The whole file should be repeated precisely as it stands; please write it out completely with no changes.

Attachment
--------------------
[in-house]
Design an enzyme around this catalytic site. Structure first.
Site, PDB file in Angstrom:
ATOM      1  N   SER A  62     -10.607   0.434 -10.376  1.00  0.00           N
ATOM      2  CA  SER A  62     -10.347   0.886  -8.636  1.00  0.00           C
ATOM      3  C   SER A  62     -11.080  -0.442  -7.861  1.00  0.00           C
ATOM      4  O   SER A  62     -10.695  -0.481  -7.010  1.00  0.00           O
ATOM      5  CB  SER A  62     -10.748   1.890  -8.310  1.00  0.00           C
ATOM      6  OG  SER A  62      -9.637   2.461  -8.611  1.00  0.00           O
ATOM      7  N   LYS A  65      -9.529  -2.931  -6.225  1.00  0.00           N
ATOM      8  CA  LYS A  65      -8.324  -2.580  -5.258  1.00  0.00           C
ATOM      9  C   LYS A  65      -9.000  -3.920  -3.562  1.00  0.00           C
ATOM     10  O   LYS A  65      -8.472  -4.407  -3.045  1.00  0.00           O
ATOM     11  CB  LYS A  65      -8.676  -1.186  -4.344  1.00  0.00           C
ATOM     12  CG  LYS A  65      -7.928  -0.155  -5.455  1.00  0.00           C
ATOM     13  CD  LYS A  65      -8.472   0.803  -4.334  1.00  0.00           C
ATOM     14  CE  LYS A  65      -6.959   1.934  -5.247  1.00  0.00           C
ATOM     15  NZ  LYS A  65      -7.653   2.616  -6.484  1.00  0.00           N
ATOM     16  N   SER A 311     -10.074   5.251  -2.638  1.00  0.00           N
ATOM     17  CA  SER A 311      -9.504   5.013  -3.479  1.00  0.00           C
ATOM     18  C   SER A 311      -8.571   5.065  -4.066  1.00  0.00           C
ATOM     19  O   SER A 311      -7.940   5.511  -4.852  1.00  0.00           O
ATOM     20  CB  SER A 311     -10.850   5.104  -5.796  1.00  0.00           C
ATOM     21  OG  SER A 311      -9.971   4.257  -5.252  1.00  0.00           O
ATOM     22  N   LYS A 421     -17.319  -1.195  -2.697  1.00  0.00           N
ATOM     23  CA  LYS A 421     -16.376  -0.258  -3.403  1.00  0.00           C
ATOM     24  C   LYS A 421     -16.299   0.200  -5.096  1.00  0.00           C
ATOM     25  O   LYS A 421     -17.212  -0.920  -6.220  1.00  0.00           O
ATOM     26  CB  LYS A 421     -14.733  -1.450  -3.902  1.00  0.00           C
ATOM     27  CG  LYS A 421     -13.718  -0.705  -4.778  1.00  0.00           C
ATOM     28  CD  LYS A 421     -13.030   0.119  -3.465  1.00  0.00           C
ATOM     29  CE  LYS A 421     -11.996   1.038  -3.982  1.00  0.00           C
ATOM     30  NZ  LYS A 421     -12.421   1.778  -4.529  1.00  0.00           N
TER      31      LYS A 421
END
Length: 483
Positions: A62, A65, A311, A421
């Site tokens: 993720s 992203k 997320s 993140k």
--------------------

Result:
[in-house]
Design an enzyme around this catalytic site. Structure first.
Site, PDB file in Angstrom:
ATOM      1  N   SER A  62     -10.607   0.434 -10.376  1.00  0.00           N
ATOM      2  CA  SER A  62     -10.347   0.886  -8.636  1.00  0.00           C
ATOM      3  C   SER A  62     -11.080  -0.442  -7.861  1.00  0.00           C
ATOM      4  O   SER A  62     -10.695  -0.481  -7.010  1.00  0.00           O
ATOM      5  CB  SER A  62     -10.748   1.890  -8.310  1.00  0.00           C
ATOM      6  OG  SER A  62      -9.637   2.461  -8.611  1.00  0.00           O
ATOM      7  N   LYS A  65      -9.529  -2.931  -6.225  1.00  0.00           N
ATOM      8  CA  LYS A  65      -8.324  -2.580  -5.258  1.00  0.00           C
ATOM      9  C   LYS A  65      -9.000  -3.920  -3.562  1.00  0.00           C
ATOM     10  O   LYS A  65      -8.472  -4.407  -3.045  1.00  0.00           O
ATOM     11  CB  LYS A  65      -8.676  -1.186  -4.344  1.00  0.00           C
ATOM     12  CG  LYS A  65      -7.928  -0.155  -5.455  1.00  0.00           C
ATOM     13  CD  LYS A  65      -8.472   0.803  -4.334  1.00  0.00           C
ATOM     14  CE  LYS A  65      -6.959   1.934  -5.247  1.00  0.00           C
ATOM     15  NZ  LYS A  65      -7.653   2.616  -6.484  1.00  0.00           N
ATOM     16  N   SER A 311     -10.074   5.251  -2.638  1.00  0.00           N
ATOM     17  CA  SER A 311      -9.504   5.013  -3.479  1.00  0.00           C
ATOM     18  C   SER A 311      -8.571   5.065  -4.066  1.00  0.00           C
ATOM     19  O   SER A 311      -7.940   5.511  -4.852  1.00  0.00           O
ATOM     20  CB  SER A 311     -10.850   5.104  -5.796  1.00  0.00           C
ATOM     21  OG  SER A 311      -9.971   4.257  -5.252  1.00  0.00           O
ATOM     22  N   LYS A 421     -17.319  -1.195  -2.697  1.00  0.00           N
ATOM     23  CA  LYS A 421     -16.376  -0.258  -3.403  1.00  0.00           C
ATOM     24  C   LYS A 421     -16.299   0.200  -5.096  1.00  0.00           C
ATOM     25  O   LYS A 421     -17.212  -0.920  -6.220  1.00  0.00           O
ATOM     26  CB  LYS A 421     -14.733  -1.450  -3.902  1.00  0.00           C
ATOM     27  CG  LYS A 421     -13.718  -0.705  -4.778  1.00  0.00           C
ATOM     28  CD  LYS A 421     -13.030   0.119  -3.465  1.00  0.00           C
ATOM     29  CE  LYS A 421     -11.996   1.038  -3.982  1.00  0.00           C
ATOM     30  NZ  LYS A 421     -12.421   1.778  -4.529  1.00  0.00           N
TER      31      LYS A 421
END
Length: 483
Positions: A62, A65, A311, A421
């Site tokens: 993720s 992203k 997320s 993140k």